Encourages Americans to Pledge to Change One Light to an Efficient Compact Fluorescent Lightbulb
WASHINGTON, DC - U.S. Department of Energy (DOE) Secretary Samuel W. Bodman today launched the 2007 Change a Light, Change the World campaign encouraging every American to change at least one light at home to an ENERGY STAR® Compact Fluorescent Light bulb (CFL). These bulbs are estimated to use 75 percent less energy than standard bulbs and last up to ten times longer, resulting in fewer greenhouse gas emissions and substantial energy savings. This national call to action encourages all Americans to help change the world, one light - one energy-saving step - at a time.
"The simplest actions can have the largest impact and changing to a CFL is something every American can do today to save money, increase energy efficiency, and benefit the environment," Secretary Bodman said. "I encourage all Americans to answer the President's call to be more energy efficient by changing a light."
The nationwide effort to encourage Americans to use CFLs begins today, ENERGY STAR® Change a Light Day. At the heart of the Change A Light effort is the online pledge to use CFLs at home. Already over 500,000 people have taken the pledge.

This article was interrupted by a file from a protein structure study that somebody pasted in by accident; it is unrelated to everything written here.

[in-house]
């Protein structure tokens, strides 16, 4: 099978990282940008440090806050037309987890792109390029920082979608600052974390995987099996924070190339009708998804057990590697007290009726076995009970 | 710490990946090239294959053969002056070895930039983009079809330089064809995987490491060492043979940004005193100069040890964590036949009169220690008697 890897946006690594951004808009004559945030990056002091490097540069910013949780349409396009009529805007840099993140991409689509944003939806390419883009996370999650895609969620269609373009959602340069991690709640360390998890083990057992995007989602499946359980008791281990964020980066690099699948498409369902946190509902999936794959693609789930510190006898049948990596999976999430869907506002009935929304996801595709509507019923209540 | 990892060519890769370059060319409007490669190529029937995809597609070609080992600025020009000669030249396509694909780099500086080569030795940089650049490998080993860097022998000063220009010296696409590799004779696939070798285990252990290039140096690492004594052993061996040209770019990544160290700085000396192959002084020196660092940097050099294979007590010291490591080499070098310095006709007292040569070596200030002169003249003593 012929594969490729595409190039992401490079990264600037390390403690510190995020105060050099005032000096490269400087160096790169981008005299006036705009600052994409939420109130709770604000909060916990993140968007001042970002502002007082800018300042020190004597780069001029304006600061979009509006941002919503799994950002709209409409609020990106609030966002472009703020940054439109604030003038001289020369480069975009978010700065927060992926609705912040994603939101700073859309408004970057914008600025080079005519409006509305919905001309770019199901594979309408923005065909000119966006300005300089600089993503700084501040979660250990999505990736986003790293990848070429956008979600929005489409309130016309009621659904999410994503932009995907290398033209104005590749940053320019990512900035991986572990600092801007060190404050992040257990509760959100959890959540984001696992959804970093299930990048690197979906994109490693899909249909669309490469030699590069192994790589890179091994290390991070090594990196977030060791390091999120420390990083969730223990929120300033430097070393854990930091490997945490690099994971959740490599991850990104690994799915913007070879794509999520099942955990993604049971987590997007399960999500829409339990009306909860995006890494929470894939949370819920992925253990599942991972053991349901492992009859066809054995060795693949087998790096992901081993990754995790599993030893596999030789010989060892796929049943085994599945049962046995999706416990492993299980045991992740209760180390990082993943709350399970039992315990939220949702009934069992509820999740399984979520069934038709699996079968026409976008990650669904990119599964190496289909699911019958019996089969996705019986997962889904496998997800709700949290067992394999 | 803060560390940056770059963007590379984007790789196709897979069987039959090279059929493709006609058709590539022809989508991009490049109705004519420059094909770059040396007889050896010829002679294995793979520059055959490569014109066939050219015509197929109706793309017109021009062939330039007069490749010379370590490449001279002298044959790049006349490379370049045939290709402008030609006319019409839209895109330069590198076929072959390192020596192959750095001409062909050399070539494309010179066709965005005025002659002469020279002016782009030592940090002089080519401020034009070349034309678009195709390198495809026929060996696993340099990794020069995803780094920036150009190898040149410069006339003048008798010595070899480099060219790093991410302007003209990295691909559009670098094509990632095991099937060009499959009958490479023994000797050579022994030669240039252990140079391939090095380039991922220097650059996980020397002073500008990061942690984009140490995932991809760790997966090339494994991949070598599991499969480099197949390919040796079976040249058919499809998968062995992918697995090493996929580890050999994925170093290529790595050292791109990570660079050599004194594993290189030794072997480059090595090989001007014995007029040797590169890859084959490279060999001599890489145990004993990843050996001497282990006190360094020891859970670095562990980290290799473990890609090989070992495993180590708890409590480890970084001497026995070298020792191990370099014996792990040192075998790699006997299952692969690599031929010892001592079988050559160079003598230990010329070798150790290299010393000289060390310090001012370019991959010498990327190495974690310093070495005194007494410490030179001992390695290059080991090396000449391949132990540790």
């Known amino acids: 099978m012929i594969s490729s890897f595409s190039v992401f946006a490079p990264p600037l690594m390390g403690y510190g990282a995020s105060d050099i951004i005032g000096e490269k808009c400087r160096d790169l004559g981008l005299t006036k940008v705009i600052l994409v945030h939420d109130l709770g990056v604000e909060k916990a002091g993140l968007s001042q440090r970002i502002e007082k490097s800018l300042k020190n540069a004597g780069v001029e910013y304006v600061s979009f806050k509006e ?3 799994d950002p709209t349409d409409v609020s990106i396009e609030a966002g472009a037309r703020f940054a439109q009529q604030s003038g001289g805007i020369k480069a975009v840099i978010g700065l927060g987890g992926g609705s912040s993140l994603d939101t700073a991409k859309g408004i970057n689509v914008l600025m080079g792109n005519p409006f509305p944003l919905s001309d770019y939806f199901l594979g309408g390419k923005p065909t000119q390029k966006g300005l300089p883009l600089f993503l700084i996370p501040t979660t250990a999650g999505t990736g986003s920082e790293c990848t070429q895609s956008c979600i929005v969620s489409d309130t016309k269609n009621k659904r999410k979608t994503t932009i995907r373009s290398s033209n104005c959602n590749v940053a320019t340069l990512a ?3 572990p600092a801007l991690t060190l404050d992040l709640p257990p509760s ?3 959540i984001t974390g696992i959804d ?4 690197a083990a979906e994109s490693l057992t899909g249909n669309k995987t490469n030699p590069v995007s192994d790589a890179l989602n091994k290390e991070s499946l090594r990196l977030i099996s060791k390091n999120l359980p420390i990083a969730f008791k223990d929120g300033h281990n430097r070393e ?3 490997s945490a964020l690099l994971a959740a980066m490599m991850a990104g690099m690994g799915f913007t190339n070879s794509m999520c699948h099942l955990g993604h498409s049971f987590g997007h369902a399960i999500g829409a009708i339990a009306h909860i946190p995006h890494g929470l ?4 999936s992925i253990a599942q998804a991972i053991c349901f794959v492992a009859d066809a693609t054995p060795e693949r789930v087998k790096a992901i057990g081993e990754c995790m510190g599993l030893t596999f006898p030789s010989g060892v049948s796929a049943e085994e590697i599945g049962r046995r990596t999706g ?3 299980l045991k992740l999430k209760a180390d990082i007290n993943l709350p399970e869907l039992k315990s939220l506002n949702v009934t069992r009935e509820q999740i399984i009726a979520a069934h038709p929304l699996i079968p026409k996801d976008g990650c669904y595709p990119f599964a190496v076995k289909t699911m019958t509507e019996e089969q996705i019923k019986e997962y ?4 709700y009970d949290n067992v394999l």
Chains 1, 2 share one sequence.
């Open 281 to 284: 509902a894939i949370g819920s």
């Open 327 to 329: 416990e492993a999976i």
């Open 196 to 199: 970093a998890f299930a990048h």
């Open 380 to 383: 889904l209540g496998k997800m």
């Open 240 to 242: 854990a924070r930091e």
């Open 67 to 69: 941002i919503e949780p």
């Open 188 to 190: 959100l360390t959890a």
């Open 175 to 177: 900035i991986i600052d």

Lighting accounts for nearly 20 percent of the average home's electric bill. Each CFL can save up to $30 in energy costs over its extended lifetime by using 75 percent less energy than a traditional bulb. If every American home replaced just one light bulb with an ENERGY STAR® qualified bulb, it would save enough energy to light more than 3 million homes for a year, more than $600 million in annual energy costs, and prevent greenhouse gases equivalent to the emissions of more than 800,000 cars.
Secretary Bodman is joining others in the Bush Administration, as well as leaders across the country to celebrate ENERGY STAR® Change a Light Day and encourage Americans to use energy wisely. Like changing a light bulb, simple actions taken at home can help preserve our energy resources and reduce the risks of global climate change. The national educational campaign is run in partnership with the U.S. Environmental Protection Agency, U.S. Department of Housing and Urban Development and hundreds of retail stores, manufacturers, energy efficiency organizations, and state and territory governments.
Learn more about the ENERGY STAR® program.
Julie Ruggiero, (202) 586-4940